It’s a hobby of mine, to look for taken-for-granted suggestions of wealth and privilege that are rarely acknowledged as such. I’m teaching a class about digital literacies (and of course, digital distractions) so had clicked through to this review essay about books on distraction and came across this about the author of one of the books:
At any rate, Bailey turned down a couple of job offers after college to spend a year researching and blogging about productivity.
via Don’t Distract Me – The New York Times.
I’ve been trying to find out more about him but can find only that he’s a “business school graduate” and that mention is every article — he turned down “lucrative” job offers.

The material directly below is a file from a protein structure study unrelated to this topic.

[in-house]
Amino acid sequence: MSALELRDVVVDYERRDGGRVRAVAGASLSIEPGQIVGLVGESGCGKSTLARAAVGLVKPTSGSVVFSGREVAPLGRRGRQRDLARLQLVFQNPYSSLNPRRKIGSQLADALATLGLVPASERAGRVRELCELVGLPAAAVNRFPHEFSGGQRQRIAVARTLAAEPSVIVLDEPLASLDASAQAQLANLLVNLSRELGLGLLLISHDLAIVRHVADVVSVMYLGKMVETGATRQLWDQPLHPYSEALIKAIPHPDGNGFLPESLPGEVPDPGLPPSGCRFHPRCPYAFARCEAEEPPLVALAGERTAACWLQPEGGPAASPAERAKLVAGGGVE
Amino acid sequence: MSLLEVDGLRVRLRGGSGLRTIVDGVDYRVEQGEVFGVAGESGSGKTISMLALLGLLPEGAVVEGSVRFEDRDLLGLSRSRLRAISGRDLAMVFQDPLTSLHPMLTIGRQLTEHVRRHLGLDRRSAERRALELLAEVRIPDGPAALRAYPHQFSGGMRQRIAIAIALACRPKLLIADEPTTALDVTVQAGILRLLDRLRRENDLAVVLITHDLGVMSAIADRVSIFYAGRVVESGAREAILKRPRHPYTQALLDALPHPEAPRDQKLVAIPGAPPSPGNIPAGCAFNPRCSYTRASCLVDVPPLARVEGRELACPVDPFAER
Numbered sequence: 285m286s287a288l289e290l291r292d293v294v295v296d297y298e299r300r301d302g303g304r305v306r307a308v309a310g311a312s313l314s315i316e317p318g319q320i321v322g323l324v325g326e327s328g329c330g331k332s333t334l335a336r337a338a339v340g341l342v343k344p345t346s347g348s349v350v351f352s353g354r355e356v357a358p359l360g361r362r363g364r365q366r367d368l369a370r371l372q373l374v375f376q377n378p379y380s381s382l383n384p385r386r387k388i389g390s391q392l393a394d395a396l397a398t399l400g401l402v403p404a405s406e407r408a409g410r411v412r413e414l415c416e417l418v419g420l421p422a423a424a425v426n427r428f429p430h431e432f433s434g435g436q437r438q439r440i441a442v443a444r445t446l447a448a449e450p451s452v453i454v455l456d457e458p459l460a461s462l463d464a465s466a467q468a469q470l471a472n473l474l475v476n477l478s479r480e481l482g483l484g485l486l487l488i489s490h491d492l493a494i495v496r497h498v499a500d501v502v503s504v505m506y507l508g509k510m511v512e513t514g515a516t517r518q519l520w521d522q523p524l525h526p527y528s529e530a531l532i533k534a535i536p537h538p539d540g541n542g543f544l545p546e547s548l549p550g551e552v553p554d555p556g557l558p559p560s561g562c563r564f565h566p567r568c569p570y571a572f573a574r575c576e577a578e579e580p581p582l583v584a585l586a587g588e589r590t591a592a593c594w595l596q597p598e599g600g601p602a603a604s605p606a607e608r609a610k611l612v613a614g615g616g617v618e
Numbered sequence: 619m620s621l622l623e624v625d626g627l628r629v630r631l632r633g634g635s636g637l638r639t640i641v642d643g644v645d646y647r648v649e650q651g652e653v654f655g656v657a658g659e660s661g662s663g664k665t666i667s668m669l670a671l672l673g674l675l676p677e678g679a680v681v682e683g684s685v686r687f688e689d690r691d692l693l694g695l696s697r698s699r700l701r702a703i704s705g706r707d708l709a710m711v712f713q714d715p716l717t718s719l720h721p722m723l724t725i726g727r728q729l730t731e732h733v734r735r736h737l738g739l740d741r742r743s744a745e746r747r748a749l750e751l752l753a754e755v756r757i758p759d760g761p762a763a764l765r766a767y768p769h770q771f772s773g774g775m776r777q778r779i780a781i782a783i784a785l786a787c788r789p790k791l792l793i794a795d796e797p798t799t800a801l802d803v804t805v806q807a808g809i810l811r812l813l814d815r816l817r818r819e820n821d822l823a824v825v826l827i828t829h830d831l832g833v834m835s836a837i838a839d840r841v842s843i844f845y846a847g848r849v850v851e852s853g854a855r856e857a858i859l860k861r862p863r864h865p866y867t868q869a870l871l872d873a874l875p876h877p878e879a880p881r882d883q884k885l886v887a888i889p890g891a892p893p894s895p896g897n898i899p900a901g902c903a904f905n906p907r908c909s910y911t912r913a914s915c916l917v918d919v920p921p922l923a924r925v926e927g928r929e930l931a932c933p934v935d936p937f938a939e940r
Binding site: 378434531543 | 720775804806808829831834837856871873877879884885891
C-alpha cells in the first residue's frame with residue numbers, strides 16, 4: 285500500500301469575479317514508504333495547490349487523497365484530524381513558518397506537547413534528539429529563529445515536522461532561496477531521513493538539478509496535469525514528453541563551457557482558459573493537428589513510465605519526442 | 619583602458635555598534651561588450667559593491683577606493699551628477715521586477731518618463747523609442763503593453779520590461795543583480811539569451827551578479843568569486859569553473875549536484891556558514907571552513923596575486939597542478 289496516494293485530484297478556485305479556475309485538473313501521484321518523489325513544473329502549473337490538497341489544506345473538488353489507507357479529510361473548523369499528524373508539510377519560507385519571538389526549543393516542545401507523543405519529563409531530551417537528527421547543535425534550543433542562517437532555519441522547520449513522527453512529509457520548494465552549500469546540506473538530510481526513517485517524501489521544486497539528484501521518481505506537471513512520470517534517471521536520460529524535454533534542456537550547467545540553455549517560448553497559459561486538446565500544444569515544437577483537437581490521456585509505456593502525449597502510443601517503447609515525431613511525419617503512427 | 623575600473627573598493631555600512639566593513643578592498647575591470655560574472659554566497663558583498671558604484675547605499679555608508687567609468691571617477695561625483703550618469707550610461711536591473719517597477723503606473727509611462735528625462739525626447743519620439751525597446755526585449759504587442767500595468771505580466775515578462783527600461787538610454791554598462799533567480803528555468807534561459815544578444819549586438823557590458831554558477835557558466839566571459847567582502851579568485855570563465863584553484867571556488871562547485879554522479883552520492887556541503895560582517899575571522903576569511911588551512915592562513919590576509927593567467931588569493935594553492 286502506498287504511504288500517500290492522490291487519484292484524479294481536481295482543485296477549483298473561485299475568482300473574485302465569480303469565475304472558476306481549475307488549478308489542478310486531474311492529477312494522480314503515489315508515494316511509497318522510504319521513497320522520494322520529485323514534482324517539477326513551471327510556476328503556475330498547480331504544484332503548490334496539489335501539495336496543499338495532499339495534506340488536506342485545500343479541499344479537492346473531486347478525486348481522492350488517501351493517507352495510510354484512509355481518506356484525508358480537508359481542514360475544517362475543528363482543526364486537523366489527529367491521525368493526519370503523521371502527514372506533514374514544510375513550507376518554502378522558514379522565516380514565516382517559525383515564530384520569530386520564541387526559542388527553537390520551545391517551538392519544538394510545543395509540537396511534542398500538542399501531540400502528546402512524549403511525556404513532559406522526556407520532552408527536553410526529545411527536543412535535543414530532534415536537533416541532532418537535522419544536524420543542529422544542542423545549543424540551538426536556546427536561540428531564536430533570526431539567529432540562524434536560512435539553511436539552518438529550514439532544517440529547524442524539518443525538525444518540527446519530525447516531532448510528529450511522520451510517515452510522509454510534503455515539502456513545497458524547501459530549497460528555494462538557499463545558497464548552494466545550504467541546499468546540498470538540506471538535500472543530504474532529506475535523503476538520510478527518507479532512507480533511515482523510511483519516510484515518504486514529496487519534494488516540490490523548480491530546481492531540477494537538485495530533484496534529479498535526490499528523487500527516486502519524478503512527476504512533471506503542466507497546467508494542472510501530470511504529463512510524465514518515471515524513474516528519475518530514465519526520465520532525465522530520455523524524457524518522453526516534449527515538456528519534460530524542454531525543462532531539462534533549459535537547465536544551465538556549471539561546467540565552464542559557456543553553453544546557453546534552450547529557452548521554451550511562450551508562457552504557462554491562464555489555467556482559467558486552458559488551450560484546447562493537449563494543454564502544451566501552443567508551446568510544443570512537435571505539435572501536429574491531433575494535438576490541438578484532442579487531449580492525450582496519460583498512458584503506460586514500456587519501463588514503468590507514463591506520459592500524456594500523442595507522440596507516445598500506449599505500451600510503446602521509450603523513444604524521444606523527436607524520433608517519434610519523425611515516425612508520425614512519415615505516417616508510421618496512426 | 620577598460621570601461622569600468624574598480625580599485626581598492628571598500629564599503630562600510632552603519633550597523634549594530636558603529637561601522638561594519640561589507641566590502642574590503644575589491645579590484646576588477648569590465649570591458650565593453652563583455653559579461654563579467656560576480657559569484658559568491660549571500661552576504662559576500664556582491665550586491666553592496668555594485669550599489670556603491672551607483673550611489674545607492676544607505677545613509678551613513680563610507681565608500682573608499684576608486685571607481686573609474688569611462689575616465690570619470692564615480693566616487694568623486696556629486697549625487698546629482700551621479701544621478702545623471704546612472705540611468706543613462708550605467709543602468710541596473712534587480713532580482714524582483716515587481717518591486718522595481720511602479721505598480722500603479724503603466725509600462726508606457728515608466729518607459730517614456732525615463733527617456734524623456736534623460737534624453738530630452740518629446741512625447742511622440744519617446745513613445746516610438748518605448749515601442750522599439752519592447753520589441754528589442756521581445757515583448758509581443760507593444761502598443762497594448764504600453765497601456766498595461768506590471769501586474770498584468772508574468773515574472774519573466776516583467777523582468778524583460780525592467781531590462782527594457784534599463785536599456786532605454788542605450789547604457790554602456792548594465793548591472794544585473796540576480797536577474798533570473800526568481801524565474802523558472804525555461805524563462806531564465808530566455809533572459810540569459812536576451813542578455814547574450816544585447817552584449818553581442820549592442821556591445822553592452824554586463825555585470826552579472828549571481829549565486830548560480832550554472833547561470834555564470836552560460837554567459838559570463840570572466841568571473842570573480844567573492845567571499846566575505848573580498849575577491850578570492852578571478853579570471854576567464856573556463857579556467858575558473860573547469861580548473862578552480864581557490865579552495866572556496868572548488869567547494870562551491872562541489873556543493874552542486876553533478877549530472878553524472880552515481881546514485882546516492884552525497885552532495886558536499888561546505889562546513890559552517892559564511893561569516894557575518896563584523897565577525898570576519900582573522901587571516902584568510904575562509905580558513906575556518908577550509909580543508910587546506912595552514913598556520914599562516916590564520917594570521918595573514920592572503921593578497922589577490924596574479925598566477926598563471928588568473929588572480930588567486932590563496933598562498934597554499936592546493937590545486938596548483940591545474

From his on-line writing, it’s clear that he had a good computer, the capacity to choose to work some 20 hour weeks (as part of his productivity experiments), flexibility to commit to exercise and meditation, space to work, and good food.
I think of how few people could possibly imagine turning down (let alone getting) “a couple of job offers” to live comfortably and to pursue an interest like this – – that he has since turned in a book and career and publicity tour.
Ambitious? For sure.
But why not simply mention why he was able to take a year off to position himself in these ways?